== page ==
Author: Bill Rankin
A Warner Robins man on Monday filed a federal lawsuit that contends he was wrongly prosecuted for a 1984 murder and that he was repeatedly beaten and held in solitary confinement for years while he was incarcerated.
“I never thought anything like that could happen,” Timothy Johnson, 53, said in an interview at his lawyers’ office in Midtown. “It was just terrible.”
Two years ago, a Houston County jury acquitted Johnson of the killing and armed robbery, allowing him to walk free for the first time in 29 years.
The lawsuit, filed in U.S. District Court in Macon, alleges Johnson was maliciously prosecuted, subjected to cruel and unusual punishment and denied due process. It seeks unspecified damages and attorneys’ fees.
Johnson, 22 at the time, was arrested for the Sept. 14, 1984, murder of convenience store clerk Taressa Stanley during an armed robbery. Prosecutors sought the death penalty but withdrew it when Johnson pleaded guilty to the crimes in December 1984.
But Johnson, acting as his own lawyer, persuaded the Georgia Supreme Court in 2006 to grant him a new trial. The high court ruled that both Johnson’s trial judge and his lawyer failed to inform him of his right to confront witnesses at trial and his right to avoid self-incrimination.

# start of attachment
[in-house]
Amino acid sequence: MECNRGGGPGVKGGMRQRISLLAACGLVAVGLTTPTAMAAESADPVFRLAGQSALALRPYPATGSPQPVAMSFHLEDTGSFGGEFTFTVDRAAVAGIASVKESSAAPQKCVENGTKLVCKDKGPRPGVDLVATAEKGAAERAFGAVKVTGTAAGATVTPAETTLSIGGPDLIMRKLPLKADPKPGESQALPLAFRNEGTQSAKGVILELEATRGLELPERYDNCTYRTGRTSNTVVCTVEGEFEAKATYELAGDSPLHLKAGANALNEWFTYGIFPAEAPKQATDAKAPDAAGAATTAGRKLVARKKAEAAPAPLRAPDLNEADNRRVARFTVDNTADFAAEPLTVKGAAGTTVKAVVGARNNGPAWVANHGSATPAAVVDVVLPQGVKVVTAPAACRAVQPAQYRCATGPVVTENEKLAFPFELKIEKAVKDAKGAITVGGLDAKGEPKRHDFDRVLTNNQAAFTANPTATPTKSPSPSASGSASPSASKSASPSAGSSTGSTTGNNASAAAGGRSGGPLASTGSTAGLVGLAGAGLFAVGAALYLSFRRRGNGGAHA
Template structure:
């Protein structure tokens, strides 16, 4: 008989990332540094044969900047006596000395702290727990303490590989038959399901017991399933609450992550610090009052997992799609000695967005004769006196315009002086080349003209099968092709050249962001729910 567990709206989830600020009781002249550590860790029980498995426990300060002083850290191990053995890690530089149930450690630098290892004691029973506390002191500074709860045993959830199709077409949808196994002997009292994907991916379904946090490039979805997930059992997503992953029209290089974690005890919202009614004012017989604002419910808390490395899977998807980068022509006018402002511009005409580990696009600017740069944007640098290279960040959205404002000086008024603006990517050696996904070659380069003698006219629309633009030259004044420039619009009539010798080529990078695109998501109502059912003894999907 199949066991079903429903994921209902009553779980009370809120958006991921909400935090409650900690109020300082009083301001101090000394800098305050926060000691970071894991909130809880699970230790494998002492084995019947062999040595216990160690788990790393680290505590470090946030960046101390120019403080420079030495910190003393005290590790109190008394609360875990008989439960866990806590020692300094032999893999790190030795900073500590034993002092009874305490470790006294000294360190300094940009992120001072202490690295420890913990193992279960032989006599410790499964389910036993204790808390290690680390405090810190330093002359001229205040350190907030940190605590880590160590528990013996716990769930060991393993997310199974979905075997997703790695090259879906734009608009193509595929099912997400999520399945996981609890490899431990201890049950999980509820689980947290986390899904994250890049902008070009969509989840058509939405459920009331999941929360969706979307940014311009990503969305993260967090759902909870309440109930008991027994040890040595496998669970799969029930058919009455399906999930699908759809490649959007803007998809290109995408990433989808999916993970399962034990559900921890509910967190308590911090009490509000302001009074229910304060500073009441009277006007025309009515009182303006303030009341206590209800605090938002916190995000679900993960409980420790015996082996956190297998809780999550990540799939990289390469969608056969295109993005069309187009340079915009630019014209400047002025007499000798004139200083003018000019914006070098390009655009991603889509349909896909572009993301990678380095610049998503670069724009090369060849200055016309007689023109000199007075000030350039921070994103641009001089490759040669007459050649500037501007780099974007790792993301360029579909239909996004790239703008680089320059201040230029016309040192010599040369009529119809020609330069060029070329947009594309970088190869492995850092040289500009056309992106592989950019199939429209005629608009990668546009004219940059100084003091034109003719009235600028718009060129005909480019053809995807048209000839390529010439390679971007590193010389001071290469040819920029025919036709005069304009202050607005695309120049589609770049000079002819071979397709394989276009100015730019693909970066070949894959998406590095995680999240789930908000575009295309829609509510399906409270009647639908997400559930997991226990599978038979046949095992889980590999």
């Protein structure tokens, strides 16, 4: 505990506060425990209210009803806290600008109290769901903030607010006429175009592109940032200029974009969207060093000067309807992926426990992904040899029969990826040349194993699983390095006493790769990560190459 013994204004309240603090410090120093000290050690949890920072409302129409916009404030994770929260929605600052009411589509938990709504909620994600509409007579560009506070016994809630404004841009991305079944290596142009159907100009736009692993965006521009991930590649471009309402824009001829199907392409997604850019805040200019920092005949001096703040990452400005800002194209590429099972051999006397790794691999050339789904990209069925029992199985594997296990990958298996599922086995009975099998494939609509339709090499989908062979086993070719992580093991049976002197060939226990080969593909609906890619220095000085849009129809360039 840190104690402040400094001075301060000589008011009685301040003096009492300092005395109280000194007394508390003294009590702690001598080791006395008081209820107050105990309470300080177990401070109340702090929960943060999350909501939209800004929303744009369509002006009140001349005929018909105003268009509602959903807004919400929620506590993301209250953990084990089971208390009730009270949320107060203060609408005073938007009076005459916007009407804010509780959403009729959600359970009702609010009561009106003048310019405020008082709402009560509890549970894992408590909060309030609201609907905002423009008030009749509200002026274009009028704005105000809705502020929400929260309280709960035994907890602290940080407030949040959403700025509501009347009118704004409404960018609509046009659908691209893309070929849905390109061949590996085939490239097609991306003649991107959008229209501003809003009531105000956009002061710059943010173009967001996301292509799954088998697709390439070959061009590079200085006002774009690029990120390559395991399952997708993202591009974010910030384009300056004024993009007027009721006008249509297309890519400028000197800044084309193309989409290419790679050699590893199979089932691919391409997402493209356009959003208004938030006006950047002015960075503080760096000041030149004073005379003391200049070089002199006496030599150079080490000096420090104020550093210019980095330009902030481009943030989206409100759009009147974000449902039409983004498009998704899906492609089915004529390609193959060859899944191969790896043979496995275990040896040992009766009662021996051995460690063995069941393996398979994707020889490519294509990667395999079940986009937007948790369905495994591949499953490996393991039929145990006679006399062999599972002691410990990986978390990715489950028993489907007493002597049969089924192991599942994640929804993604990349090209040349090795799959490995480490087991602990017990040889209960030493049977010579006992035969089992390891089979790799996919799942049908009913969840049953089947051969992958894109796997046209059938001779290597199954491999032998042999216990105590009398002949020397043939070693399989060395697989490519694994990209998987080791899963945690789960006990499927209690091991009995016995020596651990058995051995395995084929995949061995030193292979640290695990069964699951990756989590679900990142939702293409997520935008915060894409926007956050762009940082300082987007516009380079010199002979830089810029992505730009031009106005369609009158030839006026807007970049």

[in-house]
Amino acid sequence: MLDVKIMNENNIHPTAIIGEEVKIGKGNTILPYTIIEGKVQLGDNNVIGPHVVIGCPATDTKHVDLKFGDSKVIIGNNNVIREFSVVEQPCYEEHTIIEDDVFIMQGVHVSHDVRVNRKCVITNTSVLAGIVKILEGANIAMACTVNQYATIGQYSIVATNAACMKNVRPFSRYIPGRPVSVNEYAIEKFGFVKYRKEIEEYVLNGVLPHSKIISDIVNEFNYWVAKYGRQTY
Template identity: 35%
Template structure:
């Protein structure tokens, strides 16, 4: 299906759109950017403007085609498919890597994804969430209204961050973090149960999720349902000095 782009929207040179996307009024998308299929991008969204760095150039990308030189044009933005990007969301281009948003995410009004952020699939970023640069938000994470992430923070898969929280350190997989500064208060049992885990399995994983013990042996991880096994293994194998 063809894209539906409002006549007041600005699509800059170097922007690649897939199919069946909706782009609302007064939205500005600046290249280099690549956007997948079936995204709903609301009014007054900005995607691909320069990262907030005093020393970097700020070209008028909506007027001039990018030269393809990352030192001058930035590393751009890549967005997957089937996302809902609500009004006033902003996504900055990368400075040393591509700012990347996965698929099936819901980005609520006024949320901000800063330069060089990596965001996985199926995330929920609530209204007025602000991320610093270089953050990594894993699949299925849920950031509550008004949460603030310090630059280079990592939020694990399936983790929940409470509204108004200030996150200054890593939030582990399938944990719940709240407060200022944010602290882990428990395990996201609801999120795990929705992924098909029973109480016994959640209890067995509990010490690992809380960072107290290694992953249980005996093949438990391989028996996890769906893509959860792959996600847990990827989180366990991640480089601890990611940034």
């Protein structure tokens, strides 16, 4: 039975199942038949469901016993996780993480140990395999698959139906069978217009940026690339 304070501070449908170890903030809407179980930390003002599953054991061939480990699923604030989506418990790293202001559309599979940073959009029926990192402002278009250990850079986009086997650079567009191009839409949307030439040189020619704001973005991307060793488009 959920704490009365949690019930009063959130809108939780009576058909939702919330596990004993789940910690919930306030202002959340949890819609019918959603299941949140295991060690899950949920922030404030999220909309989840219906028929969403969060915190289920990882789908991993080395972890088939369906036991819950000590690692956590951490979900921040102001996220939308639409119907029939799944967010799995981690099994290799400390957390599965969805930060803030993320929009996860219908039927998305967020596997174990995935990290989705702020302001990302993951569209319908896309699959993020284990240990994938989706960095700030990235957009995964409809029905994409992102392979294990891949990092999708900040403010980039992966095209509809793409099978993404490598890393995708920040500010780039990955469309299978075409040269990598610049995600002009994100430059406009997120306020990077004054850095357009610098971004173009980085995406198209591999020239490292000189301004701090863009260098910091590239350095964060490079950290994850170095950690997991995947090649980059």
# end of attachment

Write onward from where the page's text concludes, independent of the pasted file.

He was tried for the murder and robbery seven years later and acquitted of all charges.
“I couldn’t do anything but thank the Lord for that moment,” Johnson said.
Johnson’s lawsuit, filed by Atlanta lawyers Zahra Karinshak and Patricia King Minton, alleges jailers and prison guards repeatedly beat Johnson while he was incarcerated and kept him in solitary confinement for years. The suit was filed against various state prison officials and law enforcement officials from Houston County and Warner Robins.
“As a former federal prosecutor, I was shocked by this case and the facts of this case,” Karinshak said. “It was a compelling case that needed to be filed in order to seek justice.”
Just one month after Johnson’s arrest, the lawsuit alleged, Houston County law enforcement officers yanked Johnson out of his cell and took him to a bridge. The officers dangled Johnson over the water, threatening to drop him unless he confessed to the crimes, the suit said.
At the time, Johnson said, he was handcuffed and shackled.
Once in the state prison system, Johnson was placed in solitary confinement in early 1997 for failing to stand up in his cell during an inspection by the warden, the suit said. He then spent the next nine years in solitary confinement and, once or twice a week, was visited by prison guards who beat him, the lawsuit said.
Guards broke Johnson’s right foot and both his knees as well as a toe and a finger, the suit alleged. Because of this, Johnson suffers from anxiety, insomnia, nightmares, heart palpitations, depressions and hallucinations, the suit said.